Scissors, knives or glasses are some of the sharp objects that may cause serious injury if a child falls. Discourage children from walking or running with these objects, especially in their mouths.
Suggested ways to protect your child from falls :
Children can sustain serious harm including head injuries after falling from nursery furniture.
If your child is continually trying to climb out of the cot leave the sides down. When your child is ready to move from a cot to a bed, place a mattress on the floor to soften a fall.
Bunk beds are not recommended for children under nine years of age. Do not let children play on bunk beds and ensure the top bunk has a guardrail.
Place sharp-edged furniture such as coffee and bedside tables where a child is unlikely to fall on to them.
Remove any toys from the cot that your baby could use to climb on and fall out.
Ensure moving equipment such as prams have workable braking devices and locks.
Don’t use prams to carry heavy parcels while the child is in it. This can cause it to tip over.
Where slippery surfaces are walked on, use:
- nightlight in passageways, bathrooms and toilets;
- slip resistant bath/shower surface;
- slip resistant floor surfacing.
When wet, some surfaces become extremely slippery for all age groups. A wet kitchen floor can become a potential crash scene for a toddler. It is safest to wipe up spills immediately.
Encouraging children to sit when eating and drinking will help to reduce spills.
Don’t let your child walk around in socks on hard floors, as this can cause slips and falls.
Bathroom floors are often hard, wet surfaces. Use rubber mats to help reduce slipping. There are anti-slip flooring products commercially available to assist with indoor and outdoor areas. Products such as safety walk tape, rubberised paint, slip resistant concrete spray and lock matting are examples of some of the products available.
Playground equipment and outside
The older child may have an understanding of danger but still take risks. Playgrounds are great fun for children. They can be designed for adventure and safety. Good design, placement and maintenance of play equipment will reduce the likelihood of severe injury, whether this is at home, at school or in a public playground. Carefully-placed playground equipment will discourage children from walking in front of a swing or falling from one piece and hitting another.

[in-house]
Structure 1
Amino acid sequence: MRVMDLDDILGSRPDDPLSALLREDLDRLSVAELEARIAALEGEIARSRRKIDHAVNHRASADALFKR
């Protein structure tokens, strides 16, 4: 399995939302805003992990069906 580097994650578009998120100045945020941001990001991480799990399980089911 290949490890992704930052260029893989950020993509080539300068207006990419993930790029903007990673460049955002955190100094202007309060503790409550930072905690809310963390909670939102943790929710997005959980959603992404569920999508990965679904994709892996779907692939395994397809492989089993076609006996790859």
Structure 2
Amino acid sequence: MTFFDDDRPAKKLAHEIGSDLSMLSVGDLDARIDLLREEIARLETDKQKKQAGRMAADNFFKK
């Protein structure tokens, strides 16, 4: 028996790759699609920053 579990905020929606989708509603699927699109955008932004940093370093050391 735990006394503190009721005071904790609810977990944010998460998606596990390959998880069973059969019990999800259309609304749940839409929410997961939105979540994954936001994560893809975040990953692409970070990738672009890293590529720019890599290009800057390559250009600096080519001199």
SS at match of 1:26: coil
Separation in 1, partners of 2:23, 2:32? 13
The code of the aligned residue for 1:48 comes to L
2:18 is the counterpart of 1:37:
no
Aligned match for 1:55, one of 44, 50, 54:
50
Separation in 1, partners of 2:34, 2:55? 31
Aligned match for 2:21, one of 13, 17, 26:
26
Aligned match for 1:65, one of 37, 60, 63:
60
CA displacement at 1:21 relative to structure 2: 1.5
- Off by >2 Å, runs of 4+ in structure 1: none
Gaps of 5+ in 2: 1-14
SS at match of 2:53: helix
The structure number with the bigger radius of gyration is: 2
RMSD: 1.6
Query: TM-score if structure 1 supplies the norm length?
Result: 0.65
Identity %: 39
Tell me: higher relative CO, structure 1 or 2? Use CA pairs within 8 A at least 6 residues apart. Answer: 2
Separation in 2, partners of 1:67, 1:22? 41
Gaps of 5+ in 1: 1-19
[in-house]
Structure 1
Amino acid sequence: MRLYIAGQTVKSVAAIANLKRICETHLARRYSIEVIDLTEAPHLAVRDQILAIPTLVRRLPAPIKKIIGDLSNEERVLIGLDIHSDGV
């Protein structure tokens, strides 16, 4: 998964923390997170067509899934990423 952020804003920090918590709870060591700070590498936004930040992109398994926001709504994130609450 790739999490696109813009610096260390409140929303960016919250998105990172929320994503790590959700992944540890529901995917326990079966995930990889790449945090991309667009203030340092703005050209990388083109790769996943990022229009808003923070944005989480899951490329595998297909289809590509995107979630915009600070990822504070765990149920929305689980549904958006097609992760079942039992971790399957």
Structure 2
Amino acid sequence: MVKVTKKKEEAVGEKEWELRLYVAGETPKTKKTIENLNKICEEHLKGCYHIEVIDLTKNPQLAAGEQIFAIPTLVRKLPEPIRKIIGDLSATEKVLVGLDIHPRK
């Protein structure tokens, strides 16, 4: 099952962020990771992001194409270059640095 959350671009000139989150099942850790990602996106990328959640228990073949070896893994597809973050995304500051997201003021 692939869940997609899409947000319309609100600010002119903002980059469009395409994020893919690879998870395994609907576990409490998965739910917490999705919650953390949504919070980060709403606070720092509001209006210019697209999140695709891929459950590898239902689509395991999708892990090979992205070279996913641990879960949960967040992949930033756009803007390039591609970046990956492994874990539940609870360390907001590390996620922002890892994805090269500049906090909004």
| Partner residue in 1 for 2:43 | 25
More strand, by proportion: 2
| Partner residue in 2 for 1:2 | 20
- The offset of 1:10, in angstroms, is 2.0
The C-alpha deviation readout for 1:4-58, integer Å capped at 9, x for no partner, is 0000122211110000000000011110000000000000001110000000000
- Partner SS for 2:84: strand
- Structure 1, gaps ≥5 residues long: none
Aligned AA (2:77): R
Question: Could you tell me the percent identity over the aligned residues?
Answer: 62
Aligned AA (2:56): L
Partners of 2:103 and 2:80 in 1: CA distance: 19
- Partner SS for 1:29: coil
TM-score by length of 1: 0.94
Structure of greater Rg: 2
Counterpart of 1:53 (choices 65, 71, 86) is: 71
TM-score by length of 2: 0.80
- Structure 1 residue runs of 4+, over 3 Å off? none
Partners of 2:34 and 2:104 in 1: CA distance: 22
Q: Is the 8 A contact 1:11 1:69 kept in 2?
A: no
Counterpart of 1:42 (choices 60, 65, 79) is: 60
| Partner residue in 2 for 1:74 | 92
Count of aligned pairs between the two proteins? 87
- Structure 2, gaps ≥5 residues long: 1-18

Play areas can be made safer by the choice of equipment at an appropriate height, the provision of safety rails, the size of the bars and the layout of the equipment. Soft fall surfaces, can prevent injury.
Good under-surfacing for play equipment kept at a depth of 300mm is of utmost importance.
Children should use playground equipment that is suitable for their size and age in a fenced backyard or a park.
Trampolines are not recommended for children under six years of age. Use trampolines with enclosed nets to prevent children from falling off the trampoline and ensure constant supervision by a responsible adult.
For children under five years, it is safer to use play equipment that is less than 1.5 metres in height and for older children, less than two metres.
An Australian Standards approved bicycle helmet must be used by children when riding a bike. It is also advisable for a young child to wear a helmet when using a tricycle in the backyard. When older children use in-line skates, roller skates, skateboards and scooters, they should wear a helmet as well as protective clothing such as elbow and knee pads.
Keep entrances to balconies locked to avoid them being used as a play area.
Supervise children at all time when on balconies.
Position balcony furniture away from railings to stop it being moved and used for climbing. Use heavy furniture that is harder for children to move, rather than light plastic furniture, on balconies.
Use vertical railing on balconies to stop children climbing up a horizontal railing like a ladder. Gaps between railings should be no wider than 100mm (10 cm).
The vertical railing should be a height of at least 1000mm (one metre). If the balcony is more than three metres from the ground, the vertical railing height must be at least 1200mm (1.2 metres).
Ensure the balcony surface is non-slip and that all tripping hazards are removed to prevent falls.
For more information: https://www.rch.org.au/falls/stories/#kate